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"Working Off" Holiday Staples

holiday-eating

With large holiday dinners, it can be difficult to balance portion size, especially when once-a-year treats are making their way around the table. UnityPoint Health dietitian, Allison Hueschen, RD, LD, breaks down what it takes to “work off” those holiday staples, as well as tips to make seasonal dishes better for your waistline.

Knowing whether or not you’re taking the appropriate portion of main dishes, sides and desserts starts with the plate in your hand.

“Try and use only one plate for your meal,” Hueschen says. “Follow MyPlate guidelines to control portions by filling half your plate with fruits and vegetables, 1/4 with protein and 1/4 with grains.”

In addition to breaking down your plate, Hueschen compares traditional holiday foods with what it would take to “work them off” through activity.

 Holiday Food Item
 Calories Per Serving
 "Working It Off"
 Turkey   155 calories for 3-ounces  Walk briskly for 35 minutes
 Mashed Potatoes
  100-130 calories for ½ cup
  (may depend on recipe)
 Bicycling for 20 minutes
 Green Bean Casserole
  84 calories for ½ cup
 Yoga for 30 minutes
 Cranberry Sauce
 200 calories for ½ cup
 Stair climber for 25 minutes
 Pumpkin Pie
 300 calories for 1 slice
  (1/8 piece)
 Spinning for 40 minutes
 Pecan Pie
 500 calories for 1 slice
  (1/8 piece)
 Cross-country hiking for
  75 minutes

*Calories burned are based on a 150-pound person.

While this chart might cause you to panic over holiday weight gain, Hueschen helps keep indulging in perspective.

“Pick your favorite holiday food(s) and indulge in moderation. If your grandma's sugar cookies are your absolute favorite, allow yourself to enjoy them, just not the whole container,” Hueschen says.

However, if you still have items left on your holiday dinner menu left to prepare, she offers these recipe swaps to lighten up traditional dishes.

Baking:

  • Instead of oil, substitute equal parts no-sugar-added applesauce or other fruit puree in quick breads such as banana bread and muffins.
  • Cut the sugar by up to 1/3 to lighten the dish but not sacrifice taste.
  • Instead of whole or heavy cream, substitute low-fat or skim milk.
  • Instead of using only white flour, use half white and half whole-wheat flour.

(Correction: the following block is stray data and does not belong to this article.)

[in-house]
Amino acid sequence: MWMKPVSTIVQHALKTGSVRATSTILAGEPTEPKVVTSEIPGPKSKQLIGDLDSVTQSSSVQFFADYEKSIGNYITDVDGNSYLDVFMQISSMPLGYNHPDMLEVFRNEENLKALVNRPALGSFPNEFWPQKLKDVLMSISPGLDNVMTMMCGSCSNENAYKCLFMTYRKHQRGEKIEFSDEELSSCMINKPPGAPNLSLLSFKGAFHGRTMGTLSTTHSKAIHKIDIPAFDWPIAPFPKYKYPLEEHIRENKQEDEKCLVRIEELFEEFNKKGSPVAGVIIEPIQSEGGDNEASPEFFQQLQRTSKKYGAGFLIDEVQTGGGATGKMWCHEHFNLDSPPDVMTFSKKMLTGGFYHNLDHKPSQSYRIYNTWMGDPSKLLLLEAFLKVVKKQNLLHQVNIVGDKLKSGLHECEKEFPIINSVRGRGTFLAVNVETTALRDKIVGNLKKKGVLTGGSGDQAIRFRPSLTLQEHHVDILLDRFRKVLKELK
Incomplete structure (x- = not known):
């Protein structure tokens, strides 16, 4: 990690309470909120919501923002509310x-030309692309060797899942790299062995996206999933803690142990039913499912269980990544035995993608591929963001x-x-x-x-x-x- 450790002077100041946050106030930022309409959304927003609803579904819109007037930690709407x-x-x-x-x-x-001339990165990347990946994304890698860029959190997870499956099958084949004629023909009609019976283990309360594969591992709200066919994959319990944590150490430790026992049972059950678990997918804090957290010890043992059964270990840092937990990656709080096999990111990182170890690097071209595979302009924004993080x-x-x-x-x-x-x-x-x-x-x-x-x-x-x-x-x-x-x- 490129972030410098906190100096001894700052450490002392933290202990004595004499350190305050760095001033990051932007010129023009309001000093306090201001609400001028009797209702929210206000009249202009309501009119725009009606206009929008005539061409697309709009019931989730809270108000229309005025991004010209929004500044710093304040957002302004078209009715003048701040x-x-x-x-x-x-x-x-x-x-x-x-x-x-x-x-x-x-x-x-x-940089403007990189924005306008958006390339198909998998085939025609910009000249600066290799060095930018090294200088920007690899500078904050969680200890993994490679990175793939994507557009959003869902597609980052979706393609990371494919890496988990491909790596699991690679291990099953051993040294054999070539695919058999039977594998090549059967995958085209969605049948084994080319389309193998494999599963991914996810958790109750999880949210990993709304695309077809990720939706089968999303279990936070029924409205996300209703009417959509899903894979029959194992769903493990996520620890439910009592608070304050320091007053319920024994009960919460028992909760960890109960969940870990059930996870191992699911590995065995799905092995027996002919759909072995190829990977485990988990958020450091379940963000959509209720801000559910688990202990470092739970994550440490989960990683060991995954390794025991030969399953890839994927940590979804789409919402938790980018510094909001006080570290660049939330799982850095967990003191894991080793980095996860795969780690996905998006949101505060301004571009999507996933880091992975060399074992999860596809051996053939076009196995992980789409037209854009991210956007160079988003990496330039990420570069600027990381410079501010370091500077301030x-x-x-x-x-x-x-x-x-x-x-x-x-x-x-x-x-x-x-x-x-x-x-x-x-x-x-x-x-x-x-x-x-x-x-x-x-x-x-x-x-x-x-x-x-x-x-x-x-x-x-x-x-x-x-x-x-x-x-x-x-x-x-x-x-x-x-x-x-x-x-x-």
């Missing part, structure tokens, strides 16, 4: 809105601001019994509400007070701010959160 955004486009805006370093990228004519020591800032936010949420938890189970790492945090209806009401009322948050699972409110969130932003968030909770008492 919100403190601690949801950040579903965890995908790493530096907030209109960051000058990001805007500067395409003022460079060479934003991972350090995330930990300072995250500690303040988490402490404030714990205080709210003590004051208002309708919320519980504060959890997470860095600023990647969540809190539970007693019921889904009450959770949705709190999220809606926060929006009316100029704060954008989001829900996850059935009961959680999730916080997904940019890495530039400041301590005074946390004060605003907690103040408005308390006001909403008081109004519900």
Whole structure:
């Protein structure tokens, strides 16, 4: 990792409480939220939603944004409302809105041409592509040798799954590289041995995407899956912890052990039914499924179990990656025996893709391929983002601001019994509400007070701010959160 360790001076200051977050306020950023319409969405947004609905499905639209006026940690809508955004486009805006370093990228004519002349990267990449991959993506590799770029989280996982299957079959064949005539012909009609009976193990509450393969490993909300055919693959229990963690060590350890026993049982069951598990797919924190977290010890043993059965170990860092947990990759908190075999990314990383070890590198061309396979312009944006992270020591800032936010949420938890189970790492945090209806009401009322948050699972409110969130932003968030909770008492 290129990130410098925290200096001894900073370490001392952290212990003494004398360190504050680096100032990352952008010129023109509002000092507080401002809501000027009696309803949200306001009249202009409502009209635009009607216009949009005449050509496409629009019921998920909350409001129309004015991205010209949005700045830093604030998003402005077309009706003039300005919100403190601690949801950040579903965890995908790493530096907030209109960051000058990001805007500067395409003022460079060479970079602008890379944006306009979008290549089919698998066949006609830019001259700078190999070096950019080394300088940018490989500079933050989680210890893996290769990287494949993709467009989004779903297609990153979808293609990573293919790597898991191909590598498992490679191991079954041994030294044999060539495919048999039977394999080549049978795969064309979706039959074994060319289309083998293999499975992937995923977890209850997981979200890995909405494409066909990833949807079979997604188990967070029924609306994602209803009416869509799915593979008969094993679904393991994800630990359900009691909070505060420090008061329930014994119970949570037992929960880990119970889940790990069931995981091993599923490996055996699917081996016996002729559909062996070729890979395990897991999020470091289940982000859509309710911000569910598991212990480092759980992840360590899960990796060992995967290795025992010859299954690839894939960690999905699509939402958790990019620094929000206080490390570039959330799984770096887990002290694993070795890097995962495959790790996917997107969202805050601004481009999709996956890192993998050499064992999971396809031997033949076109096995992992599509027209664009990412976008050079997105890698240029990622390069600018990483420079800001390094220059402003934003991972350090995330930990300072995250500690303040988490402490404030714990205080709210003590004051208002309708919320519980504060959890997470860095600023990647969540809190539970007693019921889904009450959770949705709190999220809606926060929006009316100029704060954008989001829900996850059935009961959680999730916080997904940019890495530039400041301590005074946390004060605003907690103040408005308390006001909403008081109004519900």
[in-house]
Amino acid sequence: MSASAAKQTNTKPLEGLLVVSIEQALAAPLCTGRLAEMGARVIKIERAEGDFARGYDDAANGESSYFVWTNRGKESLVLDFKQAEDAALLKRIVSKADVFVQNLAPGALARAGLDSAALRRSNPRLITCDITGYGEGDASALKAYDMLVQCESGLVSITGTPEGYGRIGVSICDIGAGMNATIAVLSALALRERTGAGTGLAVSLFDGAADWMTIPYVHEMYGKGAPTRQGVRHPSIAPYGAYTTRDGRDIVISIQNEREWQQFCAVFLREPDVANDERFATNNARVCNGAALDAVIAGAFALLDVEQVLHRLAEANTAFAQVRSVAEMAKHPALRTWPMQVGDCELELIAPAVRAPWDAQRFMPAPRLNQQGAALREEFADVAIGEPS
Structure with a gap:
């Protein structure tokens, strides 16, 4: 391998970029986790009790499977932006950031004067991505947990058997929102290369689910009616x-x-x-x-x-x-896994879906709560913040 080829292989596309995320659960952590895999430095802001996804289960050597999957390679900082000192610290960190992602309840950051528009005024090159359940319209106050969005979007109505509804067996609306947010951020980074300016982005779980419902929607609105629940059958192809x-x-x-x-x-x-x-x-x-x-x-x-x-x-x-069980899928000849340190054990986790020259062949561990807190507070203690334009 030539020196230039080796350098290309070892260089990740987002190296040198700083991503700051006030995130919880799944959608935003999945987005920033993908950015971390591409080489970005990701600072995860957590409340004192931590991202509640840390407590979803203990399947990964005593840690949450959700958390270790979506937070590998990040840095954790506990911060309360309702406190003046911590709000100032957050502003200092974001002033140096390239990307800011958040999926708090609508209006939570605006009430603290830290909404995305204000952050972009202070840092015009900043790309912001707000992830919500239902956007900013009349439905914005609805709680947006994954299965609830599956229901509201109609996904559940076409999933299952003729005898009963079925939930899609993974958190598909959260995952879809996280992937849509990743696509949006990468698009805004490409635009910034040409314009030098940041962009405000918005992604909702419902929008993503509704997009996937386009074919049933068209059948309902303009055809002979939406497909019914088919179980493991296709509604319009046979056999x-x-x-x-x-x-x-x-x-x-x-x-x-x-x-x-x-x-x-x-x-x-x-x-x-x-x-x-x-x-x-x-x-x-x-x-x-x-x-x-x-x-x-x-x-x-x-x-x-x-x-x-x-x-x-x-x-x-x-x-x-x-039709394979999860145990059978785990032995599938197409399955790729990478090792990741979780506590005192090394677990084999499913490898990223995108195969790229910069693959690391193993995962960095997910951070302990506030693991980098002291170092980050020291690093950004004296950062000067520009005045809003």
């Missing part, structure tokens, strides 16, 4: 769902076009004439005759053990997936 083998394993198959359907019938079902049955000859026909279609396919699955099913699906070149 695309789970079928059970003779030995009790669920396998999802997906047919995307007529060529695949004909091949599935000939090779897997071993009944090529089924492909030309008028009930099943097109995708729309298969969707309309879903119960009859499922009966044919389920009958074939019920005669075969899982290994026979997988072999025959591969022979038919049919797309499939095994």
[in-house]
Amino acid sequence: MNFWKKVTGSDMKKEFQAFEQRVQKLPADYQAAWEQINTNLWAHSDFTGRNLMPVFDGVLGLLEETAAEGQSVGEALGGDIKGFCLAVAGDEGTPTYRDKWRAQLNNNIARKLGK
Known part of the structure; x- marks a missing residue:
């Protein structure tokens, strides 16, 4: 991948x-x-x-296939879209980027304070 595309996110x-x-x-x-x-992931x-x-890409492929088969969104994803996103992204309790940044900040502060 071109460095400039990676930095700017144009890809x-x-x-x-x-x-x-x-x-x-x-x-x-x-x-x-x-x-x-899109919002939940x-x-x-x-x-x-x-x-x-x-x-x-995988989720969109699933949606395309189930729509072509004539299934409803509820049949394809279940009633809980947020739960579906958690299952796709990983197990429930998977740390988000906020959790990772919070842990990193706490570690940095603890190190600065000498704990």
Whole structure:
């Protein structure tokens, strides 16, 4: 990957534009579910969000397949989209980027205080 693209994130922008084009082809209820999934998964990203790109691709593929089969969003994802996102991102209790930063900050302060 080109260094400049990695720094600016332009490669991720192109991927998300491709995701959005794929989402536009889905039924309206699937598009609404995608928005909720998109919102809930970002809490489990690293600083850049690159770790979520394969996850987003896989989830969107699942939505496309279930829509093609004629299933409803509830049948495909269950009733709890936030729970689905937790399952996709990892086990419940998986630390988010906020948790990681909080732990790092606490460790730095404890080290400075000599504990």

• Instead of adding chocolate chips or candies, use dried fruit, like cranberries or cherries.
  • Use extracts like vanilla, almond and peppermint to add flavor, instead of sugar or butter.

Cooking:

  • If your recipe calls for sour cream, use plain low-fat Greek yogurt instead. You'll cut the fat and calories and add some protein and calcium as a bonus.
  • Use fat-free or reduced fat cream cheese in dips and other dishes.

If the seemingly always-available snack items are your weakness, Hueschen also lists three tips to manage your trips to the kitchen in between meals.

  • Stay hydrated. Sometimes, we think we are hungry when we are actually thirsty.
  • Out-of-sight, out-of-mind. If you know a certain area at work is notorious for housing goodies, try and avoid that area if possible. At home, keep only enough goodies to enjoy a treat and share the rest with friends and neighbors, so you aren't tempted to eat them just because they are there.
  • Keep snacks such as nuts, fruit and yogurt on hand. These are great alternatives to have available, rather than sugary treats.

Lastly, Hueschen encourages you to celebrate without stress. With your normal exercise routine, a few treats here and there won’t ruin your health and fitness goals.

“Enjoy the holidays and festivities – don't deprive yourself. Pick a few of your favorites and indulge in moderation, and skip the guilt. Keep up with your activity/exercise routine to maintain a balance.”

For information on how your diet is affecting your overall health, contact your UnityPoint Health provider.